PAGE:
For many years, Allison believed the common idea that “feminism is the theory, lesbianism the practice” (114). Yet she soon began to realize the untruth in this statement. She realized that feminism entailed freedom—freedom to love whomever and however one pleased, whether that was lesbianism or heterosexuality. Allison is also quick to point out that she is not a man hater, which she feels is an important distinction to make as a feminist. Allison is herself waging her own sort of revolution—both as a woman and as a writer. She first dismisses many of the usual feminist ideas, and she rejects the notion that all feminists are cut from the same cloth. She seeks freedom and equality as a working-class lesbian, yet she also seeks truth and action in her own writing.
Along with problematizing the power structures in the feminist movement, Dorothy Allison also re-negotiates other power structures, most particularly in the way that language is used. Allison proudly self-identifies as a “queer” and, in her estimation, “the word queer means much more than lesbian. Since I first used it in 1980 I have always meant it to imply that I an not only a lesbian but a transgressive lesbian—femme, masochistic, as sexually aggressive as the women I seek out, and as pornographic in my imagination and sexual activities as the heterosexual hegemony has ever believed” (23). This statement touches upon one of the central notions in Allison’s writing—the fact that she is both open and proud of her sexual orientation and also not afraid to admit her interest in some things that might be considered taboo by others.
In speaking of those “taboos” that Allison is unafraid to admit to, one of the most provocative sections in Skin is the chapter devoted to discussing pornography. Allison is unapologetically pro-pornography and, in fact, devotes an essay in her book to her own history with lesbian pornography. This is interesting in many respects. First, it goes against what many feminists proclaim: that pornography objectifies women and is perpetuated by a patriarchal society. Her difference in viewpoint on this particular subject actually causes Allison to question dominant feminist ideology. Secondly, Allison is quite frank about her discussion of pornography and other such subjects. She states that her writing is “sex writing,” and she strives to produce it in terms that are brutally honest and real. Because of this writing strategy, I gained the sense that Allison’s writing moved beyond the theoretical into actual practice. In her book, she writes little of feminist ideologies and theories, but instead demonstrates how being working class, lesbian, and feminist has affected her life. She states at one point that “real lesbians are not theoretical constructs,” and it seems that, through her writing, Allison seeks to prove this (141).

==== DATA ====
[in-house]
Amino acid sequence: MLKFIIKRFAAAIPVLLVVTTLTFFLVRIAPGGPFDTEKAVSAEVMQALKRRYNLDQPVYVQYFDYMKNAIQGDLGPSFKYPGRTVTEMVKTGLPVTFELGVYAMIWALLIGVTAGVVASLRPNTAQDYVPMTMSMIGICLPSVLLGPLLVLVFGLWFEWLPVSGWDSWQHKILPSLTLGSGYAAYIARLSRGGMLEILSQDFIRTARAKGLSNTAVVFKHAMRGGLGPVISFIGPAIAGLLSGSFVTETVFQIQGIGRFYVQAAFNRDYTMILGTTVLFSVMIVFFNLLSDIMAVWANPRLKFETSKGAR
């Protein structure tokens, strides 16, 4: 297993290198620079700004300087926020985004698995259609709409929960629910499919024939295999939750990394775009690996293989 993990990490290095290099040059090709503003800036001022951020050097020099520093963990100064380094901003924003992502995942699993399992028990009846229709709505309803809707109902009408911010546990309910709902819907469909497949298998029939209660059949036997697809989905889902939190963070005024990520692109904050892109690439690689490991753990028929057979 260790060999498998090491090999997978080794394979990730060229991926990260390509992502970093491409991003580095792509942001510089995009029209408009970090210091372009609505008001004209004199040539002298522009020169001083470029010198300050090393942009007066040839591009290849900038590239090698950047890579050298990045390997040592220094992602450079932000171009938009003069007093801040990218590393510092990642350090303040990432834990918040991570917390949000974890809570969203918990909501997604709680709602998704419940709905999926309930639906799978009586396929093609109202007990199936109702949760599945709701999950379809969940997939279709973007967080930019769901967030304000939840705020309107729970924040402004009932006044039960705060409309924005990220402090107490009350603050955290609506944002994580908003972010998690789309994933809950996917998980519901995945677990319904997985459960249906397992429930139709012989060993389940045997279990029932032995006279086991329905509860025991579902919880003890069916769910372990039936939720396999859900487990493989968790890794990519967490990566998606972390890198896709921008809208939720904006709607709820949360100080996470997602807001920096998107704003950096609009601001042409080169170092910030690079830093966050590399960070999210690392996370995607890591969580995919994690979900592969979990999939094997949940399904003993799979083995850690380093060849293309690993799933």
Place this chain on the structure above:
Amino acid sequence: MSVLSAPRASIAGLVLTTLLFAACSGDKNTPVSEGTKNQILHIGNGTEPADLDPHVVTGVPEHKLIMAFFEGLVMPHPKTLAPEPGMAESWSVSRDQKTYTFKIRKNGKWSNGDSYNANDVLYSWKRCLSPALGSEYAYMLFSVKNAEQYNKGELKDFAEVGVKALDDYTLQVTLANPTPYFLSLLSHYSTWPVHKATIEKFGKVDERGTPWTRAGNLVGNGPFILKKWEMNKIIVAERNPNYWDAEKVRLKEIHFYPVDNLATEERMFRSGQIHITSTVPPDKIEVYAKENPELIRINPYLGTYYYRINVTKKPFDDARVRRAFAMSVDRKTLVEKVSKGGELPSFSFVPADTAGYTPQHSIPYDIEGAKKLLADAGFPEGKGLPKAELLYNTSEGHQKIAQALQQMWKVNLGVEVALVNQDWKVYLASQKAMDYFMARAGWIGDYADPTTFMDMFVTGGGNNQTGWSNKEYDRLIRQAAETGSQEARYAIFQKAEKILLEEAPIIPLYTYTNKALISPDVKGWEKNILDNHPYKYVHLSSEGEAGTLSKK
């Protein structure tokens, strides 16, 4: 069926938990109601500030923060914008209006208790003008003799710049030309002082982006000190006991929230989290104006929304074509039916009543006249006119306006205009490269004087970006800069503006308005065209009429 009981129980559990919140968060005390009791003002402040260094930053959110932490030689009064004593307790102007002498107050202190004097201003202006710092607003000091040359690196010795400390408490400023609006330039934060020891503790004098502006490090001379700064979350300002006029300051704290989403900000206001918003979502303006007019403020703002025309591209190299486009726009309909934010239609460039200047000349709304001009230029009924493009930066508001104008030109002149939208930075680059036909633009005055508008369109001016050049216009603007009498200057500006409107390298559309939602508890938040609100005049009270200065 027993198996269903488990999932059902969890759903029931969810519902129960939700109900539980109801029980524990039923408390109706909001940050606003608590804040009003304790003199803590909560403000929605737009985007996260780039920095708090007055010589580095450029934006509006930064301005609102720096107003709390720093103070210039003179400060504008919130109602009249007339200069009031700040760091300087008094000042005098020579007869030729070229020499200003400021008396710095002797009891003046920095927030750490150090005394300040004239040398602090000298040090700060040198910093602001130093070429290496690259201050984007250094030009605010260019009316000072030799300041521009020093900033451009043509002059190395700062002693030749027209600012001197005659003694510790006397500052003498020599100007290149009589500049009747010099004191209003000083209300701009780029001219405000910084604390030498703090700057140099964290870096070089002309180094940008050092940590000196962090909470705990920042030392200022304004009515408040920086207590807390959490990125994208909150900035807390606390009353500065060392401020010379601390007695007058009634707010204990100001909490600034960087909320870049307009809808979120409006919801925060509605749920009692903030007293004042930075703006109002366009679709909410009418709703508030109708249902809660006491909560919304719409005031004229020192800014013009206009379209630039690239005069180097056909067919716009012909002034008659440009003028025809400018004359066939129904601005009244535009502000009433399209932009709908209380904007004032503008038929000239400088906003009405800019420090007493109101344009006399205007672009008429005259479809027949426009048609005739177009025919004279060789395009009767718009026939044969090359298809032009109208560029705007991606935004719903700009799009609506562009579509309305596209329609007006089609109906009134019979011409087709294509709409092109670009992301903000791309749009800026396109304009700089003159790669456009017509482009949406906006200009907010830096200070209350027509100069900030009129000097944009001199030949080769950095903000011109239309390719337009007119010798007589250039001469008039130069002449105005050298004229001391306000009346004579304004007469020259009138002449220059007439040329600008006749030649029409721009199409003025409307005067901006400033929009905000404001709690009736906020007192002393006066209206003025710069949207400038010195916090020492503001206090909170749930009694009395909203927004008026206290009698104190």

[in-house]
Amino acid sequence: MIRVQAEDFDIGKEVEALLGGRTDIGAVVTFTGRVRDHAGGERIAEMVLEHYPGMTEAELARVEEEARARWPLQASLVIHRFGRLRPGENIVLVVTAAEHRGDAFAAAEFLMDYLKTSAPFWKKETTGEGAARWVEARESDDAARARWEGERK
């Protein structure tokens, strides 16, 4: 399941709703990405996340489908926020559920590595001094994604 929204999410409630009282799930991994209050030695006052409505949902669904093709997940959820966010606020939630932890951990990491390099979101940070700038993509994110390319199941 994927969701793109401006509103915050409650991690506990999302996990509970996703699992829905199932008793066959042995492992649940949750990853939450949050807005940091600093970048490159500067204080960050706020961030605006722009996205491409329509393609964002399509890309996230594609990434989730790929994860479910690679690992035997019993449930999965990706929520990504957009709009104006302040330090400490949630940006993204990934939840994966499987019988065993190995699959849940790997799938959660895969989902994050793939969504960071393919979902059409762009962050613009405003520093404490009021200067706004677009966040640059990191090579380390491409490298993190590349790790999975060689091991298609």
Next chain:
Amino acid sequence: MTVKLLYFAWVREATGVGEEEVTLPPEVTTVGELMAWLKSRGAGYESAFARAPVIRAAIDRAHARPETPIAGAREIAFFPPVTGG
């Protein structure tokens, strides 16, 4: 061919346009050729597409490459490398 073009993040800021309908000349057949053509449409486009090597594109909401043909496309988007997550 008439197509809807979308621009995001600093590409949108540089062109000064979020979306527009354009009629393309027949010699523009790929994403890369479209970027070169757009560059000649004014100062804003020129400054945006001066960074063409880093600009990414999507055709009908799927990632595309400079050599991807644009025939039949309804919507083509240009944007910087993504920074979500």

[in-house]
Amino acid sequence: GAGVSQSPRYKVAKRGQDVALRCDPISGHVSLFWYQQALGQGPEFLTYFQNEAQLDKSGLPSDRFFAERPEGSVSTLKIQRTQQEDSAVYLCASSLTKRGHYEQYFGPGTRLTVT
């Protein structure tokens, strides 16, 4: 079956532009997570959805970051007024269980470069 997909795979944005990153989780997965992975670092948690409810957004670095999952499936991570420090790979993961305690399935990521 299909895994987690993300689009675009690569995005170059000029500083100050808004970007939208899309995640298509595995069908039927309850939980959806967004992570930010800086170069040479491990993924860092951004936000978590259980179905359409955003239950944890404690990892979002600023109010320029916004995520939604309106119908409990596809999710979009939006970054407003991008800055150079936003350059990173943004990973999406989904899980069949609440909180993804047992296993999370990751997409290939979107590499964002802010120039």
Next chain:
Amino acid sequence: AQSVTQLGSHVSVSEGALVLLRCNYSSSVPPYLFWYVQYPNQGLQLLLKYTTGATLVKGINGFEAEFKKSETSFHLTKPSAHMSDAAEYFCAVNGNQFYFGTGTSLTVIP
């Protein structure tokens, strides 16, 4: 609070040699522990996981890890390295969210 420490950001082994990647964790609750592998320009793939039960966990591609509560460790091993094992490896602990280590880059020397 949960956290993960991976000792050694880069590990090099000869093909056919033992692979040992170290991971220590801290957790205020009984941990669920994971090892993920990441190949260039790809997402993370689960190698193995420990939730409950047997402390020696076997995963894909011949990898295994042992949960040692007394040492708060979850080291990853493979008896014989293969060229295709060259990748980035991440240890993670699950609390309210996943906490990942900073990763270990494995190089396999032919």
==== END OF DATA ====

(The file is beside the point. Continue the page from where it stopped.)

In this same vein, Allison further recognizes that she—as woman, lesbian, feminist, and working class—does not fit into the literary constructs devised by those in power. Thus, as in her own life, she also seeks to re-negotiate boundaries and categories in her writing. As she questions, “if Literature was a dishonest system by which the work of mediocre men and women could be praised by how it fit into a belief system that devalued women, queers, people of color, and the poor, then how could I try to become part of it?” (169). I think this lends a great deal of explanation to both Allison’s writing style and content. She does not write the usual feminist theory or personal narrative as many might envision it. By addressing issues such as her own sexual practices, how society views lesbians, how she labels herself as “white trash,” and the problems she has with the dominant feminist movement, Allison is once again using her writing as a re-negotiating tool.
Lisa A. Kirby, Ph.D., is Assistant Professor of English at North Carolina Wesleyan College. She specializes in twentieth-century American fiction, working-class literature, and feminist studies. Her work has appeared in Indiana English, the Oregon English Journal, and she has a forthcoming article in Philip Roth Studies.